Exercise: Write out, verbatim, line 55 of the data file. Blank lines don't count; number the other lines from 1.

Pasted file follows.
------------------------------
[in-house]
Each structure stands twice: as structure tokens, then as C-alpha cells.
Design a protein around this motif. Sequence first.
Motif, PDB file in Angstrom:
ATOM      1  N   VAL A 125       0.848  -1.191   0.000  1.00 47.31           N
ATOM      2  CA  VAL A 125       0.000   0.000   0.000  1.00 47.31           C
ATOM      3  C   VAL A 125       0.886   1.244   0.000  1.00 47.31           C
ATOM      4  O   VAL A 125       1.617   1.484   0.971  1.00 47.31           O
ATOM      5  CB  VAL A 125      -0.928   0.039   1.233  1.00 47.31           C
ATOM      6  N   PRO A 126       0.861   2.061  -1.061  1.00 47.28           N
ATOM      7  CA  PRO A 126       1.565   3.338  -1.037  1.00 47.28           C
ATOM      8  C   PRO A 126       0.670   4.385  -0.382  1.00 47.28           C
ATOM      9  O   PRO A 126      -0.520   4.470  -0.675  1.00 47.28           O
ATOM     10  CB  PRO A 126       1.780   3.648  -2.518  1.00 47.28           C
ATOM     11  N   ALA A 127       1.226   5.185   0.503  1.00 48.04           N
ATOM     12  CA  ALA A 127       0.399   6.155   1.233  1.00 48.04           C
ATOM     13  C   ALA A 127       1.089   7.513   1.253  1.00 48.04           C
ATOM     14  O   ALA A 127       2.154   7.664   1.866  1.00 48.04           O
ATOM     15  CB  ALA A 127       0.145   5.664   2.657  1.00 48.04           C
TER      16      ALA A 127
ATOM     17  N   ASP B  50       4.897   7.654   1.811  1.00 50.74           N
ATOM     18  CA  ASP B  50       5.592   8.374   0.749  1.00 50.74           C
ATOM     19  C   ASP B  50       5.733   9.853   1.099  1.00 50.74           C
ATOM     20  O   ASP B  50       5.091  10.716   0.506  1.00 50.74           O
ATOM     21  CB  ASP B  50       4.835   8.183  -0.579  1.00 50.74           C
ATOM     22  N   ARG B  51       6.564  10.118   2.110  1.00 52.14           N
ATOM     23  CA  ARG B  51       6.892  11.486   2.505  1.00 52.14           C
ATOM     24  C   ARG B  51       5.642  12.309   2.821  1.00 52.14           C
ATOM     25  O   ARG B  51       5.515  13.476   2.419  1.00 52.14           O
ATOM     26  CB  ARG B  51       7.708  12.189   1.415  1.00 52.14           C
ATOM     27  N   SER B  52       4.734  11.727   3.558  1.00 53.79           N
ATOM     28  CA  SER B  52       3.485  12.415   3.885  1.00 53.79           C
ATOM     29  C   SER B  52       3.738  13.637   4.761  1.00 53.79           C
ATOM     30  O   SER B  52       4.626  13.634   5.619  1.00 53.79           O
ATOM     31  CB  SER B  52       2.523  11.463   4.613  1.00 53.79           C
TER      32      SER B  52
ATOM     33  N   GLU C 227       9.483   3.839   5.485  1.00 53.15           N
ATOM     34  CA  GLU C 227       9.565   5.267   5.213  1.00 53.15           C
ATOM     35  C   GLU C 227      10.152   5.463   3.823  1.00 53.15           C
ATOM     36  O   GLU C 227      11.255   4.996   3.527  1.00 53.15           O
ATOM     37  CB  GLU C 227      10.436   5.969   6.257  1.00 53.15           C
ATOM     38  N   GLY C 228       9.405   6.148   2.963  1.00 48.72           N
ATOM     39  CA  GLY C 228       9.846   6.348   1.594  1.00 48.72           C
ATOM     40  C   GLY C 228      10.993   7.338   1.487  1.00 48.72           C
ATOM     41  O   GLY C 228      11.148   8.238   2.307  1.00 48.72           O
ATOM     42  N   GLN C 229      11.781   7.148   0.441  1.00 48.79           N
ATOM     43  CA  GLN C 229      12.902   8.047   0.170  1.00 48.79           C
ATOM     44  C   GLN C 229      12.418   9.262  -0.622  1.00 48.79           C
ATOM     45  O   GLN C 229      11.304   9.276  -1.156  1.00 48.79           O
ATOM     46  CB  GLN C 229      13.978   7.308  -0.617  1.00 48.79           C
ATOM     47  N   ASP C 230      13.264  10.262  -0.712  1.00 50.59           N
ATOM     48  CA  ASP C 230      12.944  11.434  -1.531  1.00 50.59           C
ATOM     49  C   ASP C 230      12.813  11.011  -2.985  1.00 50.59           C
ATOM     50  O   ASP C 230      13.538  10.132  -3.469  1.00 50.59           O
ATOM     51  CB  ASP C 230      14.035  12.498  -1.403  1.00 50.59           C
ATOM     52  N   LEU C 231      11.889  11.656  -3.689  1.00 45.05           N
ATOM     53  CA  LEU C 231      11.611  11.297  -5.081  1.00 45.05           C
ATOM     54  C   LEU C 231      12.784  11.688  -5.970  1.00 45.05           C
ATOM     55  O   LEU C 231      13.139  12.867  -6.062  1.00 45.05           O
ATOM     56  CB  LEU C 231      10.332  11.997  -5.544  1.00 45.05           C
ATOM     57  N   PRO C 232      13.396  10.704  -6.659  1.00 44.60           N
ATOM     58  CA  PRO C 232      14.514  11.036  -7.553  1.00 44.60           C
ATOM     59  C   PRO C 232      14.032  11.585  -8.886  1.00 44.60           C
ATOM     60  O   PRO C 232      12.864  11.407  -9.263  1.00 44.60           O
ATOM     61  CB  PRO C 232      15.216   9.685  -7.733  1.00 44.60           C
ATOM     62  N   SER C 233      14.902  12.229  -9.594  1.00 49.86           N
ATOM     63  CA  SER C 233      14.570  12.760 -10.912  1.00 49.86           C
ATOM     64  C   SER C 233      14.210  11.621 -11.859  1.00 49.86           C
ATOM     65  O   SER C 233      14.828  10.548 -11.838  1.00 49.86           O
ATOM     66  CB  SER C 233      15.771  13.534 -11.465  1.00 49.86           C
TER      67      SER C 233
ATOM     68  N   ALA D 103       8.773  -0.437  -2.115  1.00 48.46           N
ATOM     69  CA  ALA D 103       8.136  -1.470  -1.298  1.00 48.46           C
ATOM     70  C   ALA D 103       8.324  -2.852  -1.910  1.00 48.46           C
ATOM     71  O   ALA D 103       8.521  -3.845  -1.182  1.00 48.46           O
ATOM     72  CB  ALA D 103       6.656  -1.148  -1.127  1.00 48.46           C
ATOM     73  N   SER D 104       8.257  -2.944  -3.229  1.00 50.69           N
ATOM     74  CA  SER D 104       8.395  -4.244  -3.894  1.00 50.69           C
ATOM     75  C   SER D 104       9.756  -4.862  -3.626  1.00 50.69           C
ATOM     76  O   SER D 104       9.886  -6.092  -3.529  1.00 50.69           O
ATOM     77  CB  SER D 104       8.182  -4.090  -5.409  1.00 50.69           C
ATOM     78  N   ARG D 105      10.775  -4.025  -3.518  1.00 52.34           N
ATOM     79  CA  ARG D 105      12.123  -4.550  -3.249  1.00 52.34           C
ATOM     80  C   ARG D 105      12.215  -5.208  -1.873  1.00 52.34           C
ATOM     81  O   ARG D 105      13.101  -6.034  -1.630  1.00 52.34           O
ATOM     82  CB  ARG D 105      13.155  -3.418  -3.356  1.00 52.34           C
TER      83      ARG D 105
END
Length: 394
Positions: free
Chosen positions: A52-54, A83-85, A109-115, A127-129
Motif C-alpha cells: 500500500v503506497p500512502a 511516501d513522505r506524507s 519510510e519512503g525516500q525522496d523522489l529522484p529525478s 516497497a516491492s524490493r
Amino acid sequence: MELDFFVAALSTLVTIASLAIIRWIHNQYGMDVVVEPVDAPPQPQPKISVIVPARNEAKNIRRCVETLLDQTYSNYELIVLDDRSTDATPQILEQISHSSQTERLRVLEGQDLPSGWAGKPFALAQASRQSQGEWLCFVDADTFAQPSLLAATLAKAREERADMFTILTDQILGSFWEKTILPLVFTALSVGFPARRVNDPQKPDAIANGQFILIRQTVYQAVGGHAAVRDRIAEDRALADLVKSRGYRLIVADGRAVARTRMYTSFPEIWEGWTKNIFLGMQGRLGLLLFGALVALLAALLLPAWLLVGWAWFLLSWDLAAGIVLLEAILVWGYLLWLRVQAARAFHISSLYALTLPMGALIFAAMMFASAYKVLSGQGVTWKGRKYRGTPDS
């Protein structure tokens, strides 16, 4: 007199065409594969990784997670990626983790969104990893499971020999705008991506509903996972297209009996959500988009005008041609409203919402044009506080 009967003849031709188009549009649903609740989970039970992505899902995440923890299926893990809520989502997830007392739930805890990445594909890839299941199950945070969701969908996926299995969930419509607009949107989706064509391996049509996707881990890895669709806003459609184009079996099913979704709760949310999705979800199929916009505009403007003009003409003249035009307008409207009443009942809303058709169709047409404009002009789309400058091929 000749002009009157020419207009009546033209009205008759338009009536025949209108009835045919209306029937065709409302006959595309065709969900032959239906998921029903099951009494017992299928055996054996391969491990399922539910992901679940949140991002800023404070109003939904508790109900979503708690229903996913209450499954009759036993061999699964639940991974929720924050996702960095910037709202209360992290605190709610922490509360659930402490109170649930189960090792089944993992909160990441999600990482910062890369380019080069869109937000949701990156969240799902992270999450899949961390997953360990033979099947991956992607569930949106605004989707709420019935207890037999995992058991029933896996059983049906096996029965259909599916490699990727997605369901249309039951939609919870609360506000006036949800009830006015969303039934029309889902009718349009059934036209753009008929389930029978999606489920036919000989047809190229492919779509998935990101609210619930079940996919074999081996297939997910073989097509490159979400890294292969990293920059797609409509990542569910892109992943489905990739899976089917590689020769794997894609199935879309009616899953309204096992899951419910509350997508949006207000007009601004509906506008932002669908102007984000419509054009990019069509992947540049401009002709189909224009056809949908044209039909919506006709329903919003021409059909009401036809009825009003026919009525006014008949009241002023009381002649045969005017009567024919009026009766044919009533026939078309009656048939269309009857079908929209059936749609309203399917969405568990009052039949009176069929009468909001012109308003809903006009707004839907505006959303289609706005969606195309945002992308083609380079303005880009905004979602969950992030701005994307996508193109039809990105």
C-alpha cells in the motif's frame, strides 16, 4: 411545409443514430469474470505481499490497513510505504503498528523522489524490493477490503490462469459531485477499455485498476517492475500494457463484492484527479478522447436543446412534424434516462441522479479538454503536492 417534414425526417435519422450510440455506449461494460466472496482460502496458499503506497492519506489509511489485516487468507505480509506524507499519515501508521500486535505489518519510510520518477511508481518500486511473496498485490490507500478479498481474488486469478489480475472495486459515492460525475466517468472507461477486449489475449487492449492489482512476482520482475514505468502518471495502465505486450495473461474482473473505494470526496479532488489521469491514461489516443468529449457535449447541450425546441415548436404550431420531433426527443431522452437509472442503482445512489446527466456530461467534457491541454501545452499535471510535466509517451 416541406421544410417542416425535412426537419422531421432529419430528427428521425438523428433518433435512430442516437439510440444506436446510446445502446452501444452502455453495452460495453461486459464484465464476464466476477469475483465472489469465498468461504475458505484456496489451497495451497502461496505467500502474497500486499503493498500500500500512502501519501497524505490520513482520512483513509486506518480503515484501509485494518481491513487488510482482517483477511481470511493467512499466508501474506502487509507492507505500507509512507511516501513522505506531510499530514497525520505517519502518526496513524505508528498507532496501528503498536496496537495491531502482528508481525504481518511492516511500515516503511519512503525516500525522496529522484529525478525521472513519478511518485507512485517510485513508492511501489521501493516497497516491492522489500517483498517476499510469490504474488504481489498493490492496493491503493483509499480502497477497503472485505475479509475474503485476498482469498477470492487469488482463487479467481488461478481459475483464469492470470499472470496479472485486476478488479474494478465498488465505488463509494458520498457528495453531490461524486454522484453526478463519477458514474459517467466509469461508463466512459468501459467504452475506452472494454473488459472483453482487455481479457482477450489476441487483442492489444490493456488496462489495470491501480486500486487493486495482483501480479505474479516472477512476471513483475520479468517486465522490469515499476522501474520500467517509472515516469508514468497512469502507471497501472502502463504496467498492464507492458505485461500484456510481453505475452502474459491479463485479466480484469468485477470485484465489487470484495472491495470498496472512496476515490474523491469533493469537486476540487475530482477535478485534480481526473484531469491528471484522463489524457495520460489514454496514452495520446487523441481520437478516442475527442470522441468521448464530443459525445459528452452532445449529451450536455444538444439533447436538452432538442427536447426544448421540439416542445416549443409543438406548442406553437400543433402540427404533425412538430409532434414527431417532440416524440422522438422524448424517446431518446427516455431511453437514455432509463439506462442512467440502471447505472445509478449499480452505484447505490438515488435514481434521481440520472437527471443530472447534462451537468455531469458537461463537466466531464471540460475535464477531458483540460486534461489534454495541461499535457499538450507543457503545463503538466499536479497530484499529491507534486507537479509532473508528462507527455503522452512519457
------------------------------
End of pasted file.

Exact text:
ATOM     51  CB  ASP C 230      14.035  12.498  -1.403  1.00 50.59           C